Tag Archives: music

John Lennon

OK, I’m drawing down to the last couple of posts for this morning. Here is a high-interest (depending on whom you’re teaching, I guess) reading on John Lennon along with its accompanying vocabulary-building and comprehension worksheet.

If you find typos in these documents, I would appreciate a notification. And, as always, if you find this material useful in your practice, I would be grateful to hear what you think of it. I seek your peer review.

The Algonquin Wits: Beatrice Kaufman

Beatrice Kaufman, who held little appreciation for music of any sort, once accompanied Oscar Levant to Carnegie Hall to hear Stokowski conduct Bach’s B Minor Mass. While en route to the theater Beatrice realized they were going to be late and urged her escort, ‘In heaven’s name let’s hurry or we’ll miss the intermission.’”

Excerpted from: Drennan, Robert E., ed. The Algonquin Wits. New York: Kensington, 1985.

The 8 Gregorian Church Modes

“Dorian * Hypodorian * Phrygian * Hypophrygian * Lydian * Hypolydian * Mixolydian * Hypomixolydian

The exact origins of this eightfold organization of modes that completely dominated the church music of medieval Christendom remains contentious. Most authorities accept that the Carolingian court borrowed them from ninth-century Byzantine liturgies, which themselves arose out of the ancient priestly chants of the Near East.

Just as in ancient Greece, generation after generation of writers sought to define the effects of their emotions. Dorian was considered to be serious and to tame the passions; Hypodorian tended towards the mournful and tearful; Phrygian incited passion and led towards mystical revelry; Hypophrygian was the mode of tender harmony that tempered anger; Lydian was the music of cheerful happiness; Hypolydian was the tone of devout and emotional piety; Mixolydian united pleasure and sadness; and Hypomixolydian aspired to a sense of perfection and secure, contented knowledge.”

Excerpted from: Rogerson, Barnaby. Rogerson’s Book of Numbers: The Culture of Numbers–from 1,001 Nights to the Seven Wonders of the World. New York: Picador, 2013.

Women’s History Month at TeachRock

OK esteemed users of this blog, before I sign off this morning, I want to call your attention to the fact that it is also Women’s History Month at TeachRock. TeachRock is a branch of the Rock and Roll Forever Foundation and is a repository of rich material on rock music that can be used to meet a variety of social studies and English language arts standards. It’s also material, obviously, that can tempt even the most recalcitrant and alienated students. One of TeachRock’s major supporters is the great Steven Van Zandt, guitarist extraordinaire and star of screen and stage.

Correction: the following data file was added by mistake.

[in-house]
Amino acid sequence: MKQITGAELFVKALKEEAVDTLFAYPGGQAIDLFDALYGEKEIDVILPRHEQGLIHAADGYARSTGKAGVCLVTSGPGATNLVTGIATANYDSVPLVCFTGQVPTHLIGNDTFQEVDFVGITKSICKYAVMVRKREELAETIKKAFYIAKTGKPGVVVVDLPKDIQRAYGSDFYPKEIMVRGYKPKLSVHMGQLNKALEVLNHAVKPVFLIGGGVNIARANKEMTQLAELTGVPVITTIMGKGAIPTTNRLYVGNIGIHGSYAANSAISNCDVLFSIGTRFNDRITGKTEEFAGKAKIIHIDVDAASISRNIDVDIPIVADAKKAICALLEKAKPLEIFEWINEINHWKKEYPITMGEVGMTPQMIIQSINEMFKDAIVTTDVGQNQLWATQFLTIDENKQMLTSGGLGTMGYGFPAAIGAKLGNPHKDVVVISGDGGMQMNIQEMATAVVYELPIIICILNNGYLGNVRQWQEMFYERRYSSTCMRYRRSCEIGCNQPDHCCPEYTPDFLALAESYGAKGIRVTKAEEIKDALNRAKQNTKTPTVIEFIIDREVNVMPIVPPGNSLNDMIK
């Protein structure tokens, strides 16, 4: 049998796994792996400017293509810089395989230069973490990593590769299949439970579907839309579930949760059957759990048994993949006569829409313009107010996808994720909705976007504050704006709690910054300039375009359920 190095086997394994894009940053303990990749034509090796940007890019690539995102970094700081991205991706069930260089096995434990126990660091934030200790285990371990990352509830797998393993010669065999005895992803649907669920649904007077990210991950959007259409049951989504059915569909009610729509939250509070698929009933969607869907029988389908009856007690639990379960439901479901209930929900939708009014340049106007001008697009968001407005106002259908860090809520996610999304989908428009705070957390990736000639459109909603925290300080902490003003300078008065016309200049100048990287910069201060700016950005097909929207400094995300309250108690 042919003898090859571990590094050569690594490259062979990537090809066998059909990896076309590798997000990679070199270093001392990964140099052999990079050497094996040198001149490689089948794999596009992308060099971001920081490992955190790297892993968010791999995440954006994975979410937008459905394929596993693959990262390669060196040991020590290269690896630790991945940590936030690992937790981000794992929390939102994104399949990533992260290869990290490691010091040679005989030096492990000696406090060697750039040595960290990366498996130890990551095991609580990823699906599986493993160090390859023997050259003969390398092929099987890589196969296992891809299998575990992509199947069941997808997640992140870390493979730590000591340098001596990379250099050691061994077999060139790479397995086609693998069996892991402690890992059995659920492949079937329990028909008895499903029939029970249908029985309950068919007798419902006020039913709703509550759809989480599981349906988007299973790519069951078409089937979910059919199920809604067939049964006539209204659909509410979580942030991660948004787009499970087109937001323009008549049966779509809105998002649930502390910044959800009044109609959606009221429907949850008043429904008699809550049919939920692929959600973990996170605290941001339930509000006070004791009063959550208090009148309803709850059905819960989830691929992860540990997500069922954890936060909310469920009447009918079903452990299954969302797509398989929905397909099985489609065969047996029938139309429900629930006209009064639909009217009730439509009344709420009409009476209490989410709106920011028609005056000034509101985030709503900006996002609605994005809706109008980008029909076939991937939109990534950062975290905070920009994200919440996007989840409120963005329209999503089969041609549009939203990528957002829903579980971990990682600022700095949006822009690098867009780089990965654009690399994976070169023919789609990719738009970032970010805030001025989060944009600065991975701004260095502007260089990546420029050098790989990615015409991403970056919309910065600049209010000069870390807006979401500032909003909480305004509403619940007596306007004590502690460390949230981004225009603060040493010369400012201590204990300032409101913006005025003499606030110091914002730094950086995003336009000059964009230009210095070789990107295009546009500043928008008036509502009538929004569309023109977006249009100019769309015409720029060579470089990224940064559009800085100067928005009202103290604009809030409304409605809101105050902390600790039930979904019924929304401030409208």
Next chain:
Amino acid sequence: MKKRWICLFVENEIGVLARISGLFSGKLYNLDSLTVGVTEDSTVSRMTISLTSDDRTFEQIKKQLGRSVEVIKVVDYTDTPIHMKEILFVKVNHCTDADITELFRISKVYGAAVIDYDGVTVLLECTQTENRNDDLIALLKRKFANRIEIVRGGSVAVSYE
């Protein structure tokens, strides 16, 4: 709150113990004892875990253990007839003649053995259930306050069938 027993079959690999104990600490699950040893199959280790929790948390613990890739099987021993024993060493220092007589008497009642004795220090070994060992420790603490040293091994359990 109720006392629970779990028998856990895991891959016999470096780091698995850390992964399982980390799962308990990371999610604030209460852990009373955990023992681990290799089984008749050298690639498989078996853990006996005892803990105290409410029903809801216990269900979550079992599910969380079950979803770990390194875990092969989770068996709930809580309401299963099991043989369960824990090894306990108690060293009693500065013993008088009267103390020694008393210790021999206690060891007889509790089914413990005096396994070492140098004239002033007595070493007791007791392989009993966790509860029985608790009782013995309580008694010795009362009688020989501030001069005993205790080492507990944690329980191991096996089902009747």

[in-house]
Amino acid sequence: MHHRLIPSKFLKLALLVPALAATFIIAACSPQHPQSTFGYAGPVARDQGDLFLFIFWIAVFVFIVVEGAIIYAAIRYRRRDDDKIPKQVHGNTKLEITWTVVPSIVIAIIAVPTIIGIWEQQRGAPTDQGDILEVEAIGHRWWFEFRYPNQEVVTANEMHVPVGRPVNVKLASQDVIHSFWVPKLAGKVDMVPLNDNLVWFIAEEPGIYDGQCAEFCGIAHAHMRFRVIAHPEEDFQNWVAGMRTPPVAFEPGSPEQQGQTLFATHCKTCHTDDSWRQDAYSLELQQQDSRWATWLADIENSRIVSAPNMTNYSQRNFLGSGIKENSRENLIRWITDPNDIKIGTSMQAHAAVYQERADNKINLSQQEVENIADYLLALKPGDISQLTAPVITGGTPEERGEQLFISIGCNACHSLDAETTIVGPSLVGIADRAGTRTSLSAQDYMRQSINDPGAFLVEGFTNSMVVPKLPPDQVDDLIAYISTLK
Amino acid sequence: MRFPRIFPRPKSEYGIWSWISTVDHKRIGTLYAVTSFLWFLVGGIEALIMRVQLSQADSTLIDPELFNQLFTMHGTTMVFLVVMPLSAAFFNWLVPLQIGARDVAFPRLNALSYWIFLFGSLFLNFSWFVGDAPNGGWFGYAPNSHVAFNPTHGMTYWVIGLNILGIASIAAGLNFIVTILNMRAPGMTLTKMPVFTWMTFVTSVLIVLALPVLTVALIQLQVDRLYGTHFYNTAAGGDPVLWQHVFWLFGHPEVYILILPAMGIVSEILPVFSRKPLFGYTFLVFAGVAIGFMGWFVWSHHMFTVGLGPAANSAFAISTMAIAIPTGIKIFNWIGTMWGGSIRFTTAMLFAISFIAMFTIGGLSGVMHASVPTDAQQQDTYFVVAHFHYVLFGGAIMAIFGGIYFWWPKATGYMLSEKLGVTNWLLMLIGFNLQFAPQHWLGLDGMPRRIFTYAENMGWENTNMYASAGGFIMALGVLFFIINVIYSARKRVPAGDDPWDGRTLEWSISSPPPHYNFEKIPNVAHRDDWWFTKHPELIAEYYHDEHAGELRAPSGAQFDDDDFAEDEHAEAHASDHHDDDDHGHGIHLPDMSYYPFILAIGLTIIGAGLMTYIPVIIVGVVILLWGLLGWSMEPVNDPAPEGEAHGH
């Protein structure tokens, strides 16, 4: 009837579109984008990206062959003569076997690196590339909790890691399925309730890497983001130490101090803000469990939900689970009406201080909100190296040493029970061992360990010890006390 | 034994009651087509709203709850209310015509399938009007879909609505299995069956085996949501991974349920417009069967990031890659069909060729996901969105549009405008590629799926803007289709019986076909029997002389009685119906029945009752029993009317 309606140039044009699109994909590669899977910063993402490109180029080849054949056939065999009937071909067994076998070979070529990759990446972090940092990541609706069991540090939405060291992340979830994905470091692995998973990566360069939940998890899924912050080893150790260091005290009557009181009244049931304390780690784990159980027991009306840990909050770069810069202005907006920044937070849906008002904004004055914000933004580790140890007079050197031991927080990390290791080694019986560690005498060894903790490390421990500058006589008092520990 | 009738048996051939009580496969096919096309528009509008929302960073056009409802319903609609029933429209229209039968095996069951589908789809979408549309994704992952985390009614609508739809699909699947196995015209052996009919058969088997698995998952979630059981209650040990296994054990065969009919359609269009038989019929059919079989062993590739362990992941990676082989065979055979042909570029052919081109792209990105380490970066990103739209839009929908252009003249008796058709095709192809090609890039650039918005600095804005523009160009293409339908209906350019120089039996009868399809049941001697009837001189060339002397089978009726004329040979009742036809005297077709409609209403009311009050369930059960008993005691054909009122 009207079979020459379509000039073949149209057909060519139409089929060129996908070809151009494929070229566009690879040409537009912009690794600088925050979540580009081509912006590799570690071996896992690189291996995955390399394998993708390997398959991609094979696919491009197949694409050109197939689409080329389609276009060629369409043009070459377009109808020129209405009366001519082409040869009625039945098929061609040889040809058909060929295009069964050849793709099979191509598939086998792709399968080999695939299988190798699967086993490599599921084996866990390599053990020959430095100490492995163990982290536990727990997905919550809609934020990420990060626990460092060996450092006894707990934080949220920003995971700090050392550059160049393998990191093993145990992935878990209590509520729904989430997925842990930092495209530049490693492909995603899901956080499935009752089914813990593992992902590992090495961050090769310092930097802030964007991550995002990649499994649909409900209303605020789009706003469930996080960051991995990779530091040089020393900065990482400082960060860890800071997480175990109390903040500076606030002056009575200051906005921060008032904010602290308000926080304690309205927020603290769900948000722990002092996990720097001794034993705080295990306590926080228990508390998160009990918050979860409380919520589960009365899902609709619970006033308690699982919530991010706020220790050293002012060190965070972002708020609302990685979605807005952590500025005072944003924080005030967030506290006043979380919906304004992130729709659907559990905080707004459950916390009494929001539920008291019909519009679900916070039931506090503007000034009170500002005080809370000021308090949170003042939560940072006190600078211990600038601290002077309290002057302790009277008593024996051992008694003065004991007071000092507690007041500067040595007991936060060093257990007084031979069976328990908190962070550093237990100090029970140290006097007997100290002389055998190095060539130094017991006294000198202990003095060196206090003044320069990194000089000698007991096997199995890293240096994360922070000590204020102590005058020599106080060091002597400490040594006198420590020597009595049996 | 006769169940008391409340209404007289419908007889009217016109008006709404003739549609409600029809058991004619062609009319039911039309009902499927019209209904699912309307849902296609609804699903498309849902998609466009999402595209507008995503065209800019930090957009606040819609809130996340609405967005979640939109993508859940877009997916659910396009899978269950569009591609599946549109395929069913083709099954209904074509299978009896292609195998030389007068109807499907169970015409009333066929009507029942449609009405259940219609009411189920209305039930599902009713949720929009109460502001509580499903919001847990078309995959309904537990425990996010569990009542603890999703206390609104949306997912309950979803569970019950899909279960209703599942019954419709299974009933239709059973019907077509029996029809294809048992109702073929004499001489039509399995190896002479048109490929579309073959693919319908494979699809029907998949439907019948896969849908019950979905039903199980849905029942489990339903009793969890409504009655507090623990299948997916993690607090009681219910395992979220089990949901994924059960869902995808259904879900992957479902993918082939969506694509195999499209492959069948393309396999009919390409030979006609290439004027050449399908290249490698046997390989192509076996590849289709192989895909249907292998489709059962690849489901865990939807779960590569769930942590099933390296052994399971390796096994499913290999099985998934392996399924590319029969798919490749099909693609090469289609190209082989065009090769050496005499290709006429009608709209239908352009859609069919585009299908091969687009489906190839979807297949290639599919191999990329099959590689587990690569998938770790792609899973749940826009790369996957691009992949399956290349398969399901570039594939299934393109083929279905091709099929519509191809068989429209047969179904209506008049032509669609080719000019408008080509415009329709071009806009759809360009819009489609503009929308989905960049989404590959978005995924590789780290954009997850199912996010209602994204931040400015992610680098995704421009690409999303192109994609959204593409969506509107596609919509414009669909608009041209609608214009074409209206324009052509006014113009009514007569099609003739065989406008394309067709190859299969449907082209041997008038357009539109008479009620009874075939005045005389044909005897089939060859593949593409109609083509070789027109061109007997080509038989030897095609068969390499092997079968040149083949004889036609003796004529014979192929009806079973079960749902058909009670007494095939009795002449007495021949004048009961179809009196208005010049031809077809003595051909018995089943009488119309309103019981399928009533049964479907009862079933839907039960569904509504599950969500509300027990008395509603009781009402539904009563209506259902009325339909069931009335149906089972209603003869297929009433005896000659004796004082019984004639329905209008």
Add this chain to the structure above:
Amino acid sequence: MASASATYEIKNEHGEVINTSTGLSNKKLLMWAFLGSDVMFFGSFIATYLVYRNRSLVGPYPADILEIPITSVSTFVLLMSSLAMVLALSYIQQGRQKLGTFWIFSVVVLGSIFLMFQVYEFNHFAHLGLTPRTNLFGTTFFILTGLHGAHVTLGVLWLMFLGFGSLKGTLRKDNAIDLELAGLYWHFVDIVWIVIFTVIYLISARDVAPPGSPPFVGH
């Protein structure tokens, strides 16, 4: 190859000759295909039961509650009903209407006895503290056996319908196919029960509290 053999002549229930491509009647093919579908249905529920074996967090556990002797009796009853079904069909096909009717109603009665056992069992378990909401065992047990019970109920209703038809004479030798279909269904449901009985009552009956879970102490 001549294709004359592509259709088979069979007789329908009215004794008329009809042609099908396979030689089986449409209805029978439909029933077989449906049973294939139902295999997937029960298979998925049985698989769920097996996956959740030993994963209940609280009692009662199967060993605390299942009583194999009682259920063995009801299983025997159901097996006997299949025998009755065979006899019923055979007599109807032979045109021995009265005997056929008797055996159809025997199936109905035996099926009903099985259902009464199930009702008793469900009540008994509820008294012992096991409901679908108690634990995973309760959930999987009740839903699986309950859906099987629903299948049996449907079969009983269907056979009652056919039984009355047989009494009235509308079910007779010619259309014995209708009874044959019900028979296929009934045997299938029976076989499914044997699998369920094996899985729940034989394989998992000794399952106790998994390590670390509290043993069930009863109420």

Check it out! as we liked to say in the 1970s.

Duke Ellington on Fate

“Fate is being kind to me. Fate doesn’t want me to famous too young.”

Duke Ellington

Quoted in N.Y. Times Magazine, 12 September 1965

Excerpted from: Schapiro, Fred, ed. The Yale Book of Quotations. New Haven: Yale University Press, 2006.

The Weekly Text, February 21, 2020

For the end of Week III of Black History Month 2020, here is a short reading on the late, great Muddy Waters along with the vocabulary-building and comprehension worksheet that attends it.

[Addendum: first, here is a very cool image of Muddy Waters by the great illustrator Drew Friedman; if it weren’t sold out, I would definitely buy it–I’ve already collected a few of Mr. Friedman’s prints. Second, here is Muddy Waters’ appearance at the farewell concert of The Band in 1976, “The Last Waltz.”]

If you find typos in these documents, I would appreciate a notification. And, as always, if you find this material useful in your practice, I would be grateful to hear what you think of it. I seek your peer review.

Condone (vt)

On a sunny Monday afternoon, Presidents’ Day 2020, I’m listening to Art Blakey and the Jazz Messengers (one of the earliest iterations, featuring the late, great Clifford Brown) play Dizzy Gilliespie’s masterpiece “A Night in Tunisia.” I’m on break, and man, do I need it.

Here is a context clues worksheet on the verb condone, which is only used transitively–a direct object must follow it. I cannot think of single reason why students, upon their high school graduation, shouldn’t know this oft-used English word.

If you find typos in this document, I would appreciate a notification. And, as always, if you find this material useful in your practice, I would be grateful to hear what you think of it. I seek your peer review.